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Don't Worry, I've Got It All Under Control | by outtacontext
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Don't Worry, I've Got It All Under Control

As if we weren't already questioning our President and his administration, Donald Trump is now faced with his first national health crisis, the coronavirus. And, true to form, his response inspires and calms the fears of no one. In 2018, the President fired the government's pandemic team of experts. And when Tedros Adhanom Ghebreyesus, the director-general of the World Health Organization (WHO), declared the coronavirus a global public health emergency on January 30, 2020, the federal government had no one in place to respond to the emergency.


By contrast, during the 2014 Ebola outbreak, President Obama recognized the impact this might have on our country and abroad. He appointed Ronald Klain, a former Vice Presidential staffer, to organize the efforts of the many departments and agencies of the government. His job was to coordinate the roles and budgets of various agencies. There was no concerted effort by the Trump Administration to do something similar. Rather than appoint a person with experience in health-threat triage, he selected Vice President Pence to oversee planning, a man who, as Governor of Indiana, prolonged an HIV outbreak by refusing to institute a needle exchange program.


In the spring of 2018, the White House pushed Congress to cut funding for Obama-era disease security programs, proposing to eliminate $252 million in previously committed resources for rebuilding health systems in Ebola-ravaged Liberia, Sierra Leone, and Guinea. Under fire from both sides of the aisle, President Donald Trump dropped the proposal to eliminate Ebola funds a month later. But other White House efforts included reducing $15 billion in national health spending and cutting the global disease-fighting operational budgets of the CDC, NSC, DHS, and HHS. And the government’s $30 million Complex Crises Fund was eliminated.


— Laurie Garrett, Foreign Policy


One of the Trump Administration's first acknowledgements of the virus was anything but calming. Instead of addressing the health threat, Commerce Secretary Wilbur Ross appeared on Fox Business to suggest the outbreak in China might improve the United State's job prospects. While at the World Economic Forum gathering in Davos the third week of January, Trump suggested Americans had nothing to worry about, since the outbreak was half-a-world away. By February, a number of cases had been reported in this country and they continue to rise. But, as late as February 26, the President was taking credit for making some "very good early decisions" he felt had kept the virus at bay. And, on March 4, in a meeting with airline executives, he appeared to turn aside criticism of his chaotic and slow approach by blaming the Obama Administration for rules that limited states' abilities to conduct coronavirus screenings, rules, he said he had just changed.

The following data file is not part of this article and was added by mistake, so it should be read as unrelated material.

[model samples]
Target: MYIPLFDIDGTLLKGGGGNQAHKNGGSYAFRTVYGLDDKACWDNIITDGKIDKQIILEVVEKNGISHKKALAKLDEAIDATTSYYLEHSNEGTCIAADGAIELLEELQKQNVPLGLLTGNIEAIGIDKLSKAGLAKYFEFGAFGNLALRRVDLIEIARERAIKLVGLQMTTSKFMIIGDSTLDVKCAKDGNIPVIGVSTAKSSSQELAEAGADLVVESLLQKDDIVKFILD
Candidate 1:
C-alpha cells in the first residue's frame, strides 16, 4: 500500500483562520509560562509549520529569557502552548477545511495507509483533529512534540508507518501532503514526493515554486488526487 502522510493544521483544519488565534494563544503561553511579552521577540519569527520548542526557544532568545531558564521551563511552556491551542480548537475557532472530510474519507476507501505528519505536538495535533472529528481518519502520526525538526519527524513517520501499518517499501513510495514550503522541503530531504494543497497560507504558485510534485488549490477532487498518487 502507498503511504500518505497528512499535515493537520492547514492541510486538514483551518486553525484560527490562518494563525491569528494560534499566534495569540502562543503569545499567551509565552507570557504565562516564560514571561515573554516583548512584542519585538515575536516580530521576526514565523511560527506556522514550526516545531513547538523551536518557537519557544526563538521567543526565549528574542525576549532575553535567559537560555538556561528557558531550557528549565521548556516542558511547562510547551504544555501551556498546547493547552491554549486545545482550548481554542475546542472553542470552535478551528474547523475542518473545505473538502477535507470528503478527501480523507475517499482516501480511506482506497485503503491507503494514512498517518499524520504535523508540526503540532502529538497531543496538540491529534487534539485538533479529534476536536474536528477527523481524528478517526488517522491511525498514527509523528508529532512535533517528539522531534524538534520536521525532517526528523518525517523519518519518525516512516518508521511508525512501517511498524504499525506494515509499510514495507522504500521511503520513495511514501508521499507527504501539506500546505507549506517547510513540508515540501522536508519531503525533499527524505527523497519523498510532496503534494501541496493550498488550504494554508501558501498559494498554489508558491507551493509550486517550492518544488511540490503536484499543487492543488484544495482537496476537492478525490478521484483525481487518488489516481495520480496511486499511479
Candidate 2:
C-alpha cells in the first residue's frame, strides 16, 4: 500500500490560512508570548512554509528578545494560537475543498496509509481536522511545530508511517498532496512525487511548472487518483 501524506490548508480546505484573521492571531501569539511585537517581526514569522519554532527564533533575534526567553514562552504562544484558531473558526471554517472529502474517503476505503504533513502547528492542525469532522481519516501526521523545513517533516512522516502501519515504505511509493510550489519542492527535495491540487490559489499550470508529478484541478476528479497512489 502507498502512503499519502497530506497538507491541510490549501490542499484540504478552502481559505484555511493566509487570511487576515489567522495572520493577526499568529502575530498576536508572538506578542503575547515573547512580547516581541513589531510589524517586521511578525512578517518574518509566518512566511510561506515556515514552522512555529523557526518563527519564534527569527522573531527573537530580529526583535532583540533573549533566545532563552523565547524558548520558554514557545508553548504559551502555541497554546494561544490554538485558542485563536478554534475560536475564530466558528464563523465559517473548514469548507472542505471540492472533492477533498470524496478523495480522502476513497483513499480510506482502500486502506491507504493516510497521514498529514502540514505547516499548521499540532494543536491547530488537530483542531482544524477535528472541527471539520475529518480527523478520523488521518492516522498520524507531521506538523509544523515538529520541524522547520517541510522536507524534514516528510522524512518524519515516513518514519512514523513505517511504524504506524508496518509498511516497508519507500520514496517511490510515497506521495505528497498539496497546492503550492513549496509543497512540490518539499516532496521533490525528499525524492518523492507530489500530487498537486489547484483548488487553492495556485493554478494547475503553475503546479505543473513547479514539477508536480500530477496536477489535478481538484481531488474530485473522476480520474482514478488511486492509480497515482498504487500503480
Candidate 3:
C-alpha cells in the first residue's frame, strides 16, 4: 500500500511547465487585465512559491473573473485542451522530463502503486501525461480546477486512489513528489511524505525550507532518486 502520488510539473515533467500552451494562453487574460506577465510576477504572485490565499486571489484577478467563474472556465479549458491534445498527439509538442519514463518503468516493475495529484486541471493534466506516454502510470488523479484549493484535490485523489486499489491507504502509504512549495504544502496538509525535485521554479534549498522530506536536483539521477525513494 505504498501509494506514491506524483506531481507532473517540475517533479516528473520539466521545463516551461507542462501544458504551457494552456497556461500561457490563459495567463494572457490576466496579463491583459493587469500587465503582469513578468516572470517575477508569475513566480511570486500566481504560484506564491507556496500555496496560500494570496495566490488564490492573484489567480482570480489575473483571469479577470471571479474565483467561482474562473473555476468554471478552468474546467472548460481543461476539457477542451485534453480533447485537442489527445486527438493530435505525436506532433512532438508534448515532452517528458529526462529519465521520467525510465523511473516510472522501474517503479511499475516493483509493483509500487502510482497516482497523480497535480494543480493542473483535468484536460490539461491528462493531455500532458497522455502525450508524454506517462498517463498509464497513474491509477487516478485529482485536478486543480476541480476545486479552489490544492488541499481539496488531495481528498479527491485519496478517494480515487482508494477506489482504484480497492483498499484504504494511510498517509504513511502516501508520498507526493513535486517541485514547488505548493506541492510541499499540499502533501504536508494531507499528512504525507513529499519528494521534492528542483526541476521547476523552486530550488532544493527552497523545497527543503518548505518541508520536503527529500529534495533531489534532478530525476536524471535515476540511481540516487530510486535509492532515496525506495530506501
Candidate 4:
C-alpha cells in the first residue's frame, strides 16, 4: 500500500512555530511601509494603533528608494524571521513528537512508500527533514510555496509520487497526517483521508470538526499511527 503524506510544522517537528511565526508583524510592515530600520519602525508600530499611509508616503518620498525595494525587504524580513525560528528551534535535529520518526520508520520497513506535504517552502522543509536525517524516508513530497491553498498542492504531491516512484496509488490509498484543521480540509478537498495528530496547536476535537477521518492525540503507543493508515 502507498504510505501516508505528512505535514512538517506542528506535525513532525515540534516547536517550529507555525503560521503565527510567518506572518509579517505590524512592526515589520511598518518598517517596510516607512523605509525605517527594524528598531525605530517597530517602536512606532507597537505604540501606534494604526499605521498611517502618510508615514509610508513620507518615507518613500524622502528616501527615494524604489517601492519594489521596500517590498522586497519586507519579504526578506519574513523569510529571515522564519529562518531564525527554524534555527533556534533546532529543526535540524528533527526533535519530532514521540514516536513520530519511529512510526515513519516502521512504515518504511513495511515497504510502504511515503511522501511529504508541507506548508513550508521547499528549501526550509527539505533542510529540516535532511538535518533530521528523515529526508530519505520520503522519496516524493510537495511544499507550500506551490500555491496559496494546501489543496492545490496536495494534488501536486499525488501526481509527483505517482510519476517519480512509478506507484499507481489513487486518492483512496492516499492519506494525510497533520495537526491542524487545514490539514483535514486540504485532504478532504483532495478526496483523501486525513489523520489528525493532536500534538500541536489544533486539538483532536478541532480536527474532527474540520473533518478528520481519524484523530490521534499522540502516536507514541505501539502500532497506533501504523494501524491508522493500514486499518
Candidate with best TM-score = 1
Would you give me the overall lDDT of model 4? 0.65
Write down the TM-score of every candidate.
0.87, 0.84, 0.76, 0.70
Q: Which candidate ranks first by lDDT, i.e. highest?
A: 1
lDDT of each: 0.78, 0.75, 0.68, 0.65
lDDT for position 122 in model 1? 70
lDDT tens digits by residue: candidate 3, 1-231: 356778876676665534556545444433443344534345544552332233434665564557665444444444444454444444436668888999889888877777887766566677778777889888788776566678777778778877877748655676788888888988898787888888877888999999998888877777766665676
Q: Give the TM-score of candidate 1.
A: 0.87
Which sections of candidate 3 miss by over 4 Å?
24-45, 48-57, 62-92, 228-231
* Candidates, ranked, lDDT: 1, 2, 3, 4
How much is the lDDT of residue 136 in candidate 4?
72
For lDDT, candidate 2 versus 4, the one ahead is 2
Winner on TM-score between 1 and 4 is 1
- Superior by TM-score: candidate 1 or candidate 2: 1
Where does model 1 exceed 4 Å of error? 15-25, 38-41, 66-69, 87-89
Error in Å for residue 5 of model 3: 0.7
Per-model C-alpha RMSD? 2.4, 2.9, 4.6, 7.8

Meanwhile, the stock markets suffered their biggest loses since the 2008 bank crisis on pandemic fears, including the largest drop of the DOW in one day on February 27, 2020: 1191 points. Trump, who has touted his economic policies, feared this drop would negatively affect his chances for re-election. And, the next day, his son, Donald Trump, Jr., accused the Democrats of hoping the pandemic "kills millions of people so that they could end Donald Trump's streak of winning...." (Pence defended Jr.'s statement). CNN's Chris Cillizza responded by saying, "What Trump Jr. is doing here then is using rhetorical hyperbole for the political benefit of his father."


Rush Limbaugh, who Trump recently awarded the Medal of Freedom, called the pandemic a "deep state plot" to bring down the President and Trump agreed. On his radio show, Limbaugh said, "It looks like the coronavirus is being weaponized as yet another element to bring down Donald Trump... I want to tell you the truth about the coronavirus. Yeah, I’m dead right on this. The coronavirus is the common cold, folks." Donald tweeted, the media is "doing everything possible to make the Caronavirus [sic] look as bad as possible." He referred to criticism his administration was not prepared nor doing enough to contain the virus as a Democrat "hoax."


Once again, Donald Trump feels he is a shining example of a capable leader. People are sick and dying and his sycophants continue to enable him. He has done everything to downplay the severity of this crisis, while at the same time, looking like he's got this completely under control.


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Uploaded on March 4, 2020